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As the world continues to recover from the Coronavirus, we're all finding ourselves in unfamiliar territory given the subsequent lockdown that is keeping us off of stages and confined to our homes. Luckily, there's comfort in the fact that we're all in this together, and that there are still many outlets for us musicians to keep us active and sane throughout this quarantine. We're checking in with bass players from all over the world to see what they're doing to stay entertained, healthy, productive, and safe during this trying time.

Bass Player: Lorenzo Feliciati

Bands & Artists: Tiromancino, Niccolò Fabi, Pat Mastellotto, Roy Powell, Colin Edwin

Home: Brussels, Belgium

How have you been passing time during the lockdown?

I’ve been organizing my life on all fronts. I work at least four hours in my home studio on three new projects I have. I spend a few hours reading, and I cook for my family daily. Having a routine helps keep me away from worrying about the future.

What have you been working on in terms of your bass practice routine?

I’ve been revisiting books I grew up with, like the Charlie Parker Omnibook [by Jamey Aebersold], Berklee’s Chord Studies for Electric Bass [by Rich Appleman], Joe Hubbard’s method books, as well as playing along with Yellowjackets’ Mint Jam, using their official transcriptions.

What music, songs, recordings, artists, bass players have you been listening to as a source of comfort and inspiration that you can recommend?

I’ve been listening to three albums with Jimmy Haslip: Elemental [with drummer Jimmy Branly and keyboardist Otmaro Ruiz], Arc Trio [with keyboardist Scott Kinsey and drummer Gergö Borlai], and Karl Sterling’s Dream. Also some classics like Steps Ahead’s Magnetic, Weather Report’s The Legendary Live Tapes: 1978-1981, and a lot of Buddy Rich’s big band recordings.

What bass gear have you been playing and trying out?

I’ve been using mostly three basses: my Markbass JP 4-string, my Ibanez Gary Willis 5-string fretless, and my headless Maruszczyk Frog 5-string—all equipped with Markbass .45-.100 or .45-.125 nickel-plated steel strings. For recording at home, my signal chain is my bass into a Markbass Casa or Little Mark Tube head, into ProTools.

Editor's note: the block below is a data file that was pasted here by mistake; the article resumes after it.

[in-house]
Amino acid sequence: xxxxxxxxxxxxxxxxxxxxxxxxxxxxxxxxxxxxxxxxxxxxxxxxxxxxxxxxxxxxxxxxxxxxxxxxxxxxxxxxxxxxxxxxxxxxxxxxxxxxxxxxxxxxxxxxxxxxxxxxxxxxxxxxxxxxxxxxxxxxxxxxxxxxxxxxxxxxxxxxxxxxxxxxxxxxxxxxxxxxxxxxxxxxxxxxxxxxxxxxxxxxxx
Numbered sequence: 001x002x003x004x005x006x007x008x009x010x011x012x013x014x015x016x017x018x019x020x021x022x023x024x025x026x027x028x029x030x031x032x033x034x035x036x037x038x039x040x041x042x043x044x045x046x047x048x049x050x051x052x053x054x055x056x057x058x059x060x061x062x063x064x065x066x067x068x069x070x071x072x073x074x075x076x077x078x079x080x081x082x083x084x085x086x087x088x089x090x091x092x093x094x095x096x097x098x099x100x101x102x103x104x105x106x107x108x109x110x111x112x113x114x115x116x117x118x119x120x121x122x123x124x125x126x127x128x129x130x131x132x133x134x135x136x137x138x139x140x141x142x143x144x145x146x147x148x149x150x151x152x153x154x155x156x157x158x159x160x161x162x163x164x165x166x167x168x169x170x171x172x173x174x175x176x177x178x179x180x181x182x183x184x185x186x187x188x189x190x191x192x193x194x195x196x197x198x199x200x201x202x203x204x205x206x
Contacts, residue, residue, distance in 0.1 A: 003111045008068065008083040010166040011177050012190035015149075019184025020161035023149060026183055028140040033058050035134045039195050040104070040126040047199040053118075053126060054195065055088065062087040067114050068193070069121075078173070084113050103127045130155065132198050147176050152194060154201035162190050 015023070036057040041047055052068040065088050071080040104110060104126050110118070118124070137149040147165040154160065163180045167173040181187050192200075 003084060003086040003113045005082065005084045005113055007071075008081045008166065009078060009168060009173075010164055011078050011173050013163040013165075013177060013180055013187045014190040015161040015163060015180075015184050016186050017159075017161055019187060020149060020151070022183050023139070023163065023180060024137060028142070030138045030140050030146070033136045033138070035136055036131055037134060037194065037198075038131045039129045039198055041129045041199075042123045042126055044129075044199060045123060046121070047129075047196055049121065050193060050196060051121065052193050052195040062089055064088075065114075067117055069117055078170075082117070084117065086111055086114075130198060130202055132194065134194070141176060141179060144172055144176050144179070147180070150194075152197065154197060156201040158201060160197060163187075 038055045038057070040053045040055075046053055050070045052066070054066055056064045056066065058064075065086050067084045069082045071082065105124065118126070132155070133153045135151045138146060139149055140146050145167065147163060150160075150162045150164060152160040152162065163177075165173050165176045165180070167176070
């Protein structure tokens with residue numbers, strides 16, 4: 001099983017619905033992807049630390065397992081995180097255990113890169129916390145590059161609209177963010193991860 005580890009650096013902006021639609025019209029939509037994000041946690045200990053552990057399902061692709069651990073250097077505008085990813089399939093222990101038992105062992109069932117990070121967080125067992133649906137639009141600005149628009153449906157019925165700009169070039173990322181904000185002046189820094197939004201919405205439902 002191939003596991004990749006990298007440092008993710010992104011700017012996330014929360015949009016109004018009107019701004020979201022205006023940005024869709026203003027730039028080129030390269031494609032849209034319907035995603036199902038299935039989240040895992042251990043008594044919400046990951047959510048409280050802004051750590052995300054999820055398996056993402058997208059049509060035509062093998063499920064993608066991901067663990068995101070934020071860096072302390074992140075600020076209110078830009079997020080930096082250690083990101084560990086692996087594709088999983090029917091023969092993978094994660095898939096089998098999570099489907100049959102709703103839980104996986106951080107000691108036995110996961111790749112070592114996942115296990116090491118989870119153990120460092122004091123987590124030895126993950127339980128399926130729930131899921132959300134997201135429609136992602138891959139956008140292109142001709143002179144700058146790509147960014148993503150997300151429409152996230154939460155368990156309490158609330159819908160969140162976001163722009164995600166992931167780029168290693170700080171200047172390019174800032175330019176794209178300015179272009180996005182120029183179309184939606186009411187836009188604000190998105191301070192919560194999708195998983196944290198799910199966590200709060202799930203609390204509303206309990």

What non-music activities books, shows, movies, or workout recommendations do you have?

Netflix and Amazon Prime are a big source of entertainment. I like old series like Seinfeld and Frasier. The Michael Jordan series, The Last Dance, has been terrific. For reading, I’m into detective story books based in Greece—by Petros Markaris, Shanghai—by Qiu Xiaolong, Norway—by Jo Nesbö, and Barcelon—by Alicia Gimenez-Bartlett. It’s a good way to travel in a time when you cannot physically do it!

What projects do you have coming up when the world gets going again?

A tour with guitarist Richard Hallebeek opposite the Frank Gambale band, which was postponed from March. I have some gigs in Norway and the Netherlands with the Brecker Brothers tribute project, Skunk Funk International. And I’m excited about a new project called Eurochord. We started working on it during the quarantine and our debut album is nearly finished—it’s instrumental funk/soul songs with nice melodies.

What advice can you offer fellow bassists for staying positive and keeping morale high?

Now is a good moment to remember that what we do for a living started from our passion for music. Let’s never forget that we are lucky to be able to create and contribute to something so special and unique. Hopefully that gives us a slightly different approach to life and the environment when we start to perform and travel again.

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All check-ins compiled and edited by Jon D'Auria & Chris Jisi